That makes it difficult for people to purchase land to begin farming, but Auterson said Springfield Community Gardens offers education in regenerative agriculture methods that don’t require as much land or as many inputs as conventional commodity farming.

The organization teaches best practices for purchases of inputs like seeds and supplies, and it offers connectivity, with a farmers’ cooperative to share tools, supplies and equipment.

Additionally, it provides markets for products grown locally, such as flower farmers selling to MaMa Jean’s Natural Market.

Additionally, the federal government buys produce from underserved farmers through the Local Food Purchase Assistance program. Through this, Auterson said, Springfield Community Gardens has distributed food to 17 counties through the Community Partnership of the Ozarks Inc.

“Last year alone, we moved over $500,000 in local produce, and that’s a market we’ve helped to create,” she said.

It’s hard to be a farmer, Auterson said, but human-scale methods, like high-tunnel growing, walk-behind tractors and land access through the Springfield Land Trust, offer interested people a way in.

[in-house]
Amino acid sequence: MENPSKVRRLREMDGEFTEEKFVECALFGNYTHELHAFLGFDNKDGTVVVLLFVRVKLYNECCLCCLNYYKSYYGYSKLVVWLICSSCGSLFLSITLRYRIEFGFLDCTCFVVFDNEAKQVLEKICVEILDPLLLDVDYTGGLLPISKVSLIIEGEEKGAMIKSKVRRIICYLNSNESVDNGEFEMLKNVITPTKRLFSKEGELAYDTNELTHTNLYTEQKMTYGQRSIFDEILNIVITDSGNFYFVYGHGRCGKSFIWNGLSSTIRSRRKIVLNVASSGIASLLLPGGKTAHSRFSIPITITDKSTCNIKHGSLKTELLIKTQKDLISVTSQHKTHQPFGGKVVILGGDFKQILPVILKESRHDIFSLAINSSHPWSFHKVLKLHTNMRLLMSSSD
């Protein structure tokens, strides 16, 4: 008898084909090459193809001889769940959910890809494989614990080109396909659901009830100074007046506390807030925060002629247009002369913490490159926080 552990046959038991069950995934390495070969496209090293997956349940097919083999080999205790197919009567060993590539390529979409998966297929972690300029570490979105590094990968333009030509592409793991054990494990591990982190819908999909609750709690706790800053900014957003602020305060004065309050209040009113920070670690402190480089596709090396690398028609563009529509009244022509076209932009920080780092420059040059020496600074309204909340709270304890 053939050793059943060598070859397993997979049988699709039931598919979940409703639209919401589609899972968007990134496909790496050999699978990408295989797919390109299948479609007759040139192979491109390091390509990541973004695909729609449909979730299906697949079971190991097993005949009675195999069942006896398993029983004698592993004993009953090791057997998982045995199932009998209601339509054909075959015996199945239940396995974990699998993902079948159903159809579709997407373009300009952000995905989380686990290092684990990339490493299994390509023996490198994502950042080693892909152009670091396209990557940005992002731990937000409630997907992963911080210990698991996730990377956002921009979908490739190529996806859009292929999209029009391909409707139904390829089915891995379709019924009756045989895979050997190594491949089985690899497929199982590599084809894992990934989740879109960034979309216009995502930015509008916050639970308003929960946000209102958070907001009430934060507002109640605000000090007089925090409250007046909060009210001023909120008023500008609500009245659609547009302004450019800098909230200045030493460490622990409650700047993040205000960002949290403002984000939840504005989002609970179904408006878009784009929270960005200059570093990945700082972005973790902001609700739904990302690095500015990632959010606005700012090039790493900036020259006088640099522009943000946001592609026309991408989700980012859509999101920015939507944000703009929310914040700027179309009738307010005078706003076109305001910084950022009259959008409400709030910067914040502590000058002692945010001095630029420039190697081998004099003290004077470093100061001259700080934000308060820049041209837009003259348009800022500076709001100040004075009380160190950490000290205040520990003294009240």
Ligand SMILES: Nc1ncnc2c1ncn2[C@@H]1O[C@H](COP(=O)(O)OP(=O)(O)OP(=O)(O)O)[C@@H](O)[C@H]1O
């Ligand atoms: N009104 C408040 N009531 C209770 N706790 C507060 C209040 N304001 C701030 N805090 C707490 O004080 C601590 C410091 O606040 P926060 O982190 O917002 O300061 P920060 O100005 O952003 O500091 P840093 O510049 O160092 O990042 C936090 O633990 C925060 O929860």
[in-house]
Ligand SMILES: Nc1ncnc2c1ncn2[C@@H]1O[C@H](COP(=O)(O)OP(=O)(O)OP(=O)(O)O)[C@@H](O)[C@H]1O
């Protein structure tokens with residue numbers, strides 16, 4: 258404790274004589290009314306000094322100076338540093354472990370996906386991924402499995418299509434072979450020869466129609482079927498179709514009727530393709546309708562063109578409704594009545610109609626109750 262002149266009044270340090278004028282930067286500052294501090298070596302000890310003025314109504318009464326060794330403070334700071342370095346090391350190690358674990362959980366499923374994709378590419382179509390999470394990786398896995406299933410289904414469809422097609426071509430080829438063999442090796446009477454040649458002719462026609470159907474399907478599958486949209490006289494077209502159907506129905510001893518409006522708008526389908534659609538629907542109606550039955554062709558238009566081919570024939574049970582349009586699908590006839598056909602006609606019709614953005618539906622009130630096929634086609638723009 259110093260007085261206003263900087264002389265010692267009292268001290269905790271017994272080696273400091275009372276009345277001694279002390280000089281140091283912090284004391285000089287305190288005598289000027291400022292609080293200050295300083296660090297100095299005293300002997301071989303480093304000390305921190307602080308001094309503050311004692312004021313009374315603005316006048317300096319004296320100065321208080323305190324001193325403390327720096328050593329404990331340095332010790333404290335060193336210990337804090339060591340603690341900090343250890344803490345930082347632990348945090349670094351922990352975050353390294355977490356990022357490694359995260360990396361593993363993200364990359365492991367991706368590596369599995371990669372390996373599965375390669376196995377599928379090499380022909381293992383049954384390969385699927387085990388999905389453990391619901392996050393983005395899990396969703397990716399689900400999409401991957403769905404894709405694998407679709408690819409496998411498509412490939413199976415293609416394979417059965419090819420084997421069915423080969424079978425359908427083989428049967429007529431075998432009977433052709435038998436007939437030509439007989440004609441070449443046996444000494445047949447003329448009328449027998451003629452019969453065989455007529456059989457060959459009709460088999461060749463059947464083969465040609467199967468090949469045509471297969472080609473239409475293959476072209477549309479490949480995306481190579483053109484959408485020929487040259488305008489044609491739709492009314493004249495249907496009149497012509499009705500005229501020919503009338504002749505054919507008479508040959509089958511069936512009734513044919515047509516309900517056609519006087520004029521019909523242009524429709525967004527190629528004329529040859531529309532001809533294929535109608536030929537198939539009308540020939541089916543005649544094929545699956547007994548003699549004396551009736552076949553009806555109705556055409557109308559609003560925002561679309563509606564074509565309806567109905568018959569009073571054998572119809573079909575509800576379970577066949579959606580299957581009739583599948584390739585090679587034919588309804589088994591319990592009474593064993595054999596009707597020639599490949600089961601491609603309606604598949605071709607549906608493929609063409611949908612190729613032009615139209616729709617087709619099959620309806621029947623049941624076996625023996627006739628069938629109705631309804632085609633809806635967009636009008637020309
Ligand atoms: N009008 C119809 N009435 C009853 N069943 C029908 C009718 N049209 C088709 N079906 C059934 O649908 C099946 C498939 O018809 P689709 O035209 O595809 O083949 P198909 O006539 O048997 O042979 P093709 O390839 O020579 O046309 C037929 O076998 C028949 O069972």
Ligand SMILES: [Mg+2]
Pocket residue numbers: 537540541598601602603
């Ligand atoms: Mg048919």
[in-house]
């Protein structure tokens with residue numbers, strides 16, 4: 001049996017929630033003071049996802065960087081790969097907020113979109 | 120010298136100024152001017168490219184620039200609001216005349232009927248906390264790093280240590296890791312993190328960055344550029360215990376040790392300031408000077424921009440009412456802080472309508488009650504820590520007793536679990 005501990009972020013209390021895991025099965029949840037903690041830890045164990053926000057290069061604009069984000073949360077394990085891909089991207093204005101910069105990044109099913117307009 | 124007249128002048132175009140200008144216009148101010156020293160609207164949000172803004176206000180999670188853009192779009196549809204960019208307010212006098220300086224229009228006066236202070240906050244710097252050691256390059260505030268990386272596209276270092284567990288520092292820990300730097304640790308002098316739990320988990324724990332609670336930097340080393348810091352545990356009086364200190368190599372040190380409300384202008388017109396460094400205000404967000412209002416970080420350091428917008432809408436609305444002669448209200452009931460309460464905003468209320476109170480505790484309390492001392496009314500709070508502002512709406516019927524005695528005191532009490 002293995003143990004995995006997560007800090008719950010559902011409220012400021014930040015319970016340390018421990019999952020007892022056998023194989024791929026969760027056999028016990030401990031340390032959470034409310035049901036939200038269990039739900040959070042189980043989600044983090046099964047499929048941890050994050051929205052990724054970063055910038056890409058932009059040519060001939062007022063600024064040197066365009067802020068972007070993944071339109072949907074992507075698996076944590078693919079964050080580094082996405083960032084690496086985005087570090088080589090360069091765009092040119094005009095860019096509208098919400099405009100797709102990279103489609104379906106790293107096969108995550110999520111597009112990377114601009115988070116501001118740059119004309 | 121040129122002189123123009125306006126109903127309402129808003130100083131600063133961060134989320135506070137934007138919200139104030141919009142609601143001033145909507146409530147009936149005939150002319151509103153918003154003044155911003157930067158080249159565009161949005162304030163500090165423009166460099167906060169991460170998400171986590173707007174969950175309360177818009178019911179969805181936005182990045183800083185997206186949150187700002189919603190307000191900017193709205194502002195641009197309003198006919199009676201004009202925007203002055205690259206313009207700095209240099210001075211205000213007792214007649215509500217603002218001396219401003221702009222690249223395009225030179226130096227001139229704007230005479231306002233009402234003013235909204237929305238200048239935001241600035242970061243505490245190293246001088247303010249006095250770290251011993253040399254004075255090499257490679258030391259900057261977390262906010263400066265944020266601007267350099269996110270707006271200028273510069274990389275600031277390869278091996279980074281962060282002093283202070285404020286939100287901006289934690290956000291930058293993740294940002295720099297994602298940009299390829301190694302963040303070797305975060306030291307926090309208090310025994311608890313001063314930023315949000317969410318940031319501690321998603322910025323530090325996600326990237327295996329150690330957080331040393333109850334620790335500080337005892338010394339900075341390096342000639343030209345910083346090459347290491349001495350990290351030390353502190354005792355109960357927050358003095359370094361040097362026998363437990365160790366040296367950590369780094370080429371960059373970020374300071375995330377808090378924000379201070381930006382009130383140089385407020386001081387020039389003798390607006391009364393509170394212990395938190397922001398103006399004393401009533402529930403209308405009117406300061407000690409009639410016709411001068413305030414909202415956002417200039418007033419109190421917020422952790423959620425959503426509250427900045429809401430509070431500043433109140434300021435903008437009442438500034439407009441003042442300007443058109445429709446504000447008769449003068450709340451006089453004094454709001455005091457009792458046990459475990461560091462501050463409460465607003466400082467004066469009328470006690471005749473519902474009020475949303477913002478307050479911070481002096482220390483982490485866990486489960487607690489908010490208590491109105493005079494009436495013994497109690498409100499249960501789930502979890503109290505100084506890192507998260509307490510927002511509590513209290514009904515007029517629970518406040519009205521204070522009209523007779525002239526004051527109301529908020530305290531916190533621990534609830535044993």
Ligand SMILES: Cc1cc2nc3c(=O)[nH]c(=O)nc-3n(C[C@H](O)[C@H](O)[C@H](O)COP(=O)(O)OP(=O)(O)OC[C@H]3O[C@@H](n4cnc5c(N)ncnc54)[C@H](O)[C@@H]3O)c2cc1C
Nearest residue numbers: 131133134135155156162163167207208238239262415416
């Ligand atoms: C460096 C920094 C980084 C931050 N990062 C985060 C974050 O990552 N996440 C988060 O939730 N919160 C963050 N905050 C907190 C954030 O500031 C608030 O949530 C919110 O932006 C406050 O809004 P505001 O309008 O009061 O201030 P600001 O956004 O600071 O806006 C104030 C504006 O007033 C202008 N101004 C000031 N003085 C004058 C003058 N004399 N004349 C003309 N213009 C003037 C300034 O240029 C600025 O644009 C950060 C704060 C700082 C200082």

So does the Heartland Regional Food Business Center, which won $22 million to help farmers with business builder grants.

While commodity farmers make only $5 per bushel of corn – less than the price of a family-sized box of Kellogg’s Corn Flakes – human-scale farmers can take fresh produce straight to consumers through farmer’s markets and community-supported agriculture boxes.

“We are going to see a lot of these small growers,” Auterson said. “We can’t afford to only have these big $2 million operations, and I don’t think it’s good for our own spirit to get that far removed from our environment.”